Saturday, April 2, 2011
The Turnaround by George Pelecanos
The Turnaround by George Pelecanos, 2008
The Turnaround is an odd book and one that took me a while to warm up to. Although not a huge popular success, George Pelecanos is an author that I've wanted to read for some time. A successful TV writer as well as a novelist, Pelecanos writes gritty stories of urban crime set in Washington D.C. The Turnaround is a lot more than just a crime novel; it's a strange, literary tale of consequences and redemption, of fathers and sons.
The novel begins in 1972 when diner owner's son Alex Pappas and two friends drive their car into a rundown black neighborhood as a prank. A confrontation with three black teenagers (the Monroe brothers and a scarred psychopath named Charles Baker) ensues, and one of the boys is killed and Alex is badly beaten. In 2007, blowback from that fatal day finally begins, as Raymond Monroe reaches out to Alex and Baker begins plotting the downfall of those who ruined his life.
For the first third of the novel, I wasn't really tracking with the rather loose plot and Pelecanos's reserved style wasn't making me too enthusiastic. My patience was definitely rewarded in the end, though. Pelecanos has no intention of spoon-feeding readers and he makes them work for payoff, since most of the novel's early pages are set-up for what's to come.
It's a good thing the payoff is worth it. Pelecanos writes with subtlety and grace of the effect of the shooting on the lives of his four main characters. His themes reveal themselves at a leisurely pace, well suited to Pelecanos's crisp, clear, almost relaxed, style. He's in no hurry to get to the thrills; this is a story of emotions and lasting impressions, not of gunfights and fisticuffs.
Pelecanos has an Elmore Leonard-ish grasp of dialogue and shares Leonard's ability to write compelling, dangerous villains purely from the way they speak. Charles Baker's section of the book is quite possibly the most effective. Baker himself is a magnetic, chilling character that stands in sharp contrast to the more conventional characters of Alex and Raymond:
Time was, he carried a gun regular and cared less than nothing about the consequences. Used to be, back when he was staying with a woman he knew, over there in the high forties, off Nannie Helen Burroughs in Northeast, he'd get up in the morning, drop a pistol into his pocket, head out the door, and go to work. Walk the streets until he came up on people who looked to be weak, older females and men he could punk, then take them off for what they had. He fancied himself a beautiful, strong animal, like one of those cheetahs walking out on the plain. Going to work natural, doing what hunters did.---(page 95)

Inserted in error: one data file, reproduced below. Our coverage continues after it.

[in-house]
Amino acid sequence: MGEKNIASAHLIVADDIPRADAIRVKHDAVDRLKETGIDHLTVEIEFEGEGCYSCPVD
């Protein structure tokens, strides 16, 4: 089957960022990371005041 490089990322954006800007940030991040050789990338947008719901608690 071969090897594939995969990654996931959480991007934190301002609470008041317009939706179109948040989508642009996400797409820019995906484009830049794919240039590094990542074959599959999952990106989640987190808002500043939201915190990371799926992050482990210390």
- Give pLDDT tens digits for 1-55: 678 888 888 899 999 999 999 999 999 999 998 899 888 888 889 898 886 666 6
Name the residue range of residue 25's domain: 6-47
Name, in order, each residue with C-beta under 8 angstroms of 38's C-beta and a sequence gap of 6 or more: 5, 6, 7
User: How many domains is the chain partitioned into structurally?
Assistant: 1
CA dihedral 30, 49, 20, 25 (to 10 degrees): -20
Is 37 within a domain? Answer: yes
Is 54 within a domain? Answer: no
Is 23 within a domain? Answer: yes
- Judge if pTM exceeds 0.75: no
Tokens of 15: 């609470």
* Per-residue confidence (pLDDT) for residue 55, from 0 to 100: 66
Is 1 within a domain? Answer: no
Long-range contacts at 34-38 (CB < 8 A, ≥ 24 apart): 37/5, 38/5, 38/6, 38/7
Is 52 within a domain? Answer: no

I do think that Baker's subplot could have been woven more effectively into the main storyline, but it works well on the sidelines, too. His tangle with a dangerous gang of drug dealers provides the novel with a needed shot of violent suspense.
The main dish is the story of the Pappas and Monroe families through two generations, with special emphasis on the Pappas's coffee shop. The coffee shop details add a lot of color and realism to the novel; Pelecanos, whose family owned a diner when he was growing up, writes with authority on grill schedules, changing menus and the importance of choosing the right decor. It's a relatively small touch that hugely contributes to the novel's atmosphere.
At first, I didn't think that Alex and Raymond displayed that much depth, or even personality, but like everything about this novel, it's all about patience. Pelecanos's ear for dialogue is so good that it's almost impossible not to believe his characters. By the end, I was really appreciating his skill in drawing the people of his story, in a way both subtle and compelling.
The Turnaround is, as I said before, a rather strange novel, laid-back, detached, somehow calm. It takes time for the story to get going, only for it to end abruptly. It's a book with a message artfully entwined in the storytelling, but Pelecanos avoids giving the readers huge flashing signs saying "IMPORTANT MOMENT HERE." He shows his characters and their actions with honesty and fairness, and then steps back to let the reader decide.
My main conflict about the book is whether I liked it or whether I liked it liked it (yeah, I know that sounds high-school-ian). It's definitely a book to remember and consider. The rather hauntingly clear passages of forgiveness, redemption and acceptance are not going to fade away soon.
NEXT UP: More delicious George R. R. Martin with A Clash of Kings.